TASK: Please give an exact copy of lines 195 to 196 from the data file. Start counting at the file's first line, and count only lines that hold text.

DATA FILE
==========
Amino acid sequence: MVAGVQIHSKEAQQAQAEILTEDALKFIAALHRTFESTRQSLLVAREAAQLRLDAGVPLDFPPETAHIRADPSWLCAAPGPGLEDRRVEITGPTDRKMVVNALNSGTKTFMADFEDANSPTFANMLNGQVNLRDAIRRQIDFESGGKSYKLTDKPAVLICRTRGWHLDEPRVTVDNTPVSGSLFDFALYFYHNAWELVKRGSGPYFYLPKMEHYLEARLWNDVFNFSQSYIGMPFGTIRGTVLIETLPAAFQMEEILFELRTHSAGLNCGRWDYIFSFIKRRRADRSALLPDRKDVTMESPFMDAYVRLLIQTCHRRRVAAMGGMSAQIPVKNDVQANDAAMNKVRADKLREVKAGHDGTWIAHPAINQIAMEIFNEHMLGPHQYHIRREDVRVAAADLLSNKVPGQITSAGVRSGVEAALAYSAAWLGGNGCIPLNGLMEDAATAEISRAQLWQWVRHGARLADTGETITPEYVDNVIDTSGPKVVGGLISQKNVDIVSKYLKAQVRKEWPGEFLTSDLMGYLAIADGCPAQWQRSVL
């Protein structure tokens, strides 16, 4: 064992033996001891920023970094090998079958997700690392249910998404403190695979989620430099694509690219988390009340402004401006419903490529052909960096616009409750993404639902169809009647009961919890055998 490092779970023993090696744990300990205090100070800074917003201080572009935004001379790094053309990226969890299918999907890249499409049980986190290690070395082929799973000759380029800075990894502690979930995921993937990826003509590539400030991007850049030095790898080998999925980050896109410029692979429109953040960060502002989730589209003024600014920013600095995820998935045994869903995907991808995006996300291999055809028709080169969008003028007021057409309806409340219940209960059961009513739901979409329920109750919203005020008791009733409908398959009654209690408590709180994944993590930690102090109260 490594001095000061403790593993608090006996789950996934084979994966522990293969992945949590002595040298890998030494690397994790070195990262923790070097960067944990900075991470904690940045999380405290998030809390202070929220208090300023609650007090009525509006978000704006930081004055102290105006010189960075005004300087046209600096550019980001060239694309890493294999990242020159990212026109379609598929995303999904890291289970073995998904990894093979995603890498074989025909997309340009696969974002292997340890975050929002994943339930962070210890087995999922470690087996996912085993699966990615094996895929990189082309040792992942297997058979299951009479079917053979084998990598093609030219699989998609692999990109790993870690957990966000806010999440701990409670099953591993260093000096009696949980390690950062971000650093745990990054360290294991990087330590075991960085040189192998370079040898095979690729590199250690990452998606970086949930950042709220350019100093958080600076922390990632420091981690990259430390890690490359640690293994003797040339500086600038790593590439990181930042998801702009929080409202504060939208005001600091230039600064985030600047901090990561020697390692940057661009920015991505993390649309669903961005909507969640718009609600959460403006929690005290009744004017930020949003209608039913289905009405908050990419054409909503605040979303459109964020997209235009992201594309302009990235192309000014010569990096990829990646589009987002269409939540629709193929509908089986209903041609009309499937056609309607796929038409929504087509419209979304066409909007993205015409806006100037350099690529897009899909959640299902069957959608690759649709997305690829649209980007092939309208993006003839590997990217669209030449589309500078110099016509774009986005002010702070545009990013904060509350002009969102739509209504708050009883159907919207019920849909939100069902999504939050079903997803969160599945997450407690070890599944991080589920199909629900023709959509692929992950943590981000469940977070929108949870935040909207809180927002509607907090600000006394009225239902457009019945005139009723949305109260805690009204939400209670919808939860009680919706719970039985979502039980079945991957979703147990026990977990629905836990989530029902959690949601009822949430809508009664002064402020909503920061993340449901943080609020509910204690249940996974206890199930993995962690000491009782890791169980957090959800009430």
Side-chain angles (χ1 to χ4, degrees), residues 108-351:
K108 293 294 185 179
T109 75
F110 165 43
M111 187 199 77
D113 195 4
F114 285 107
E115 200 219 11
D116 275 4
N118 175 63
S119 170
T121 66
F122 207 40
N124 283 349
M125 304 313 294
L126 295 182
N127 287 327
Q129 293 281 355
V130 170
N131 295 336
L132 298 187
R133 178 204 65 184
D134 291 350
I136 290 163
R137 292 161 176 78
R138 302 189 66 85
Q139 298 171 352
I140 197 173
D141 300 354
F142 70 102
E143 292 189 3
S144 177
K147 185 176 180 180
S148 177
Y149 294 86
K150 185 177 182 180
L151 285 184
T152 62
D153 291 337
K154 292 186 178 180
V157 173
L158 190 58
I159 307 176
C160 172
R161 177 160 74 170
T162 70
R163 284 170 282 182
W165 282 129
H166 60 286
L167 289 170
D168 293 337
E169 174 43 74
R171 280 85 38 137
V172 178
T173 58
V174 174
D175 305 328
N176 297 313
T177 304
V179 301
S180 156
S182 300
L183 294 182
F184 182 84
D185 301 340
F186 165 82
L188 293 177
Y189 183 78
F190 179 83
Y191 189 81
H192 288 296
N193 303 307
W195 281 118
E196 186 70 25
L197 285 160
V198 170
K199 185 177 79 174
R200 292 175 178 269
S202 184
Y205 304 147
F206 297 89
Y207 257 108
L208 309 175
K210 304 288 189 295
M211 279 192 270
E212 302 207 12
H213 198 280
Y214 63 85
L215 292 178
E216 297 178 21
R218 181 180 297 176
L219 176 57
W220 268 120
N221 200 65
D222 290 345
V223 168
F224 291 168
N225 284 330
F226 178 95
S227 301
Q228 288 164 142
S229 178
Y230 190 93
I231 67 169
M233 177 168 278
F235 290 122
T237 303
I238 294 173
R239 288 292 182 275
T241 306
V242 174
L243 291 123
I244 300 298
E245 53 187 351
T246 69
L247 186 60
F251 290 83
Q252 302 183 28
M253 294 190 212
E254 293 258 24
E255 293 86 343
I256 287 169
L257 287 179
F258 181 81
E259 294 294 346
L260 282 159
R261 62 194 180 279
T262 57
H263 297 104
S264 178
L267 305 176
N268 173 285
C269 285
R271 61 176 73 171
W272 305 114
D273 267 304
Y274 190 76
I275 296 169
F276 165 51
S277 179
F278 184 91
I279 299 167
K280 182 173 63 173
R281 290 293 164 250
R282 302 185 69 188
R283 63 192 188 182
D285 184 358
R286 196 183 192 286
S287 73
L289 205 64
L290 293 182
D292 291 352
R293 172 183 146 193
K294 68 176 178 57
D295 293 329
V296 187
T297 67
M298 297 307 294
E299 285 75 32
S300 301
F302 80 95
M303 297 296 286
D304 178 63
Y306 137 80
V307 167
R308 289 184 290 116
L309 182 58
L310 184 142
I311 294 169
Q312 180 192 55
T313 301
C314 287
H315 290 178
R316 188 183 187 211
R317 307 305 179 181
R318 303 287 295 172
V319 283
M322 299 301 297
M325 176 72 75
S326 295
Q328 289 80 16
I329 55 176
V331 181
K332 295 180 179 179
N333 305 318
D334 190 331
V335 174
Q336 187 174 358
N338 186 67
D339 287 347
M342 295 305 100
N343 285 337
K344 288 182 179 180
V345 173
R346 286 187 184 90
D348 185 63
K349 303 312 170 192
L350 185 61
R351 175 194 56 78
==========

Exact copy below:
K344 288 182 179 180
V345 173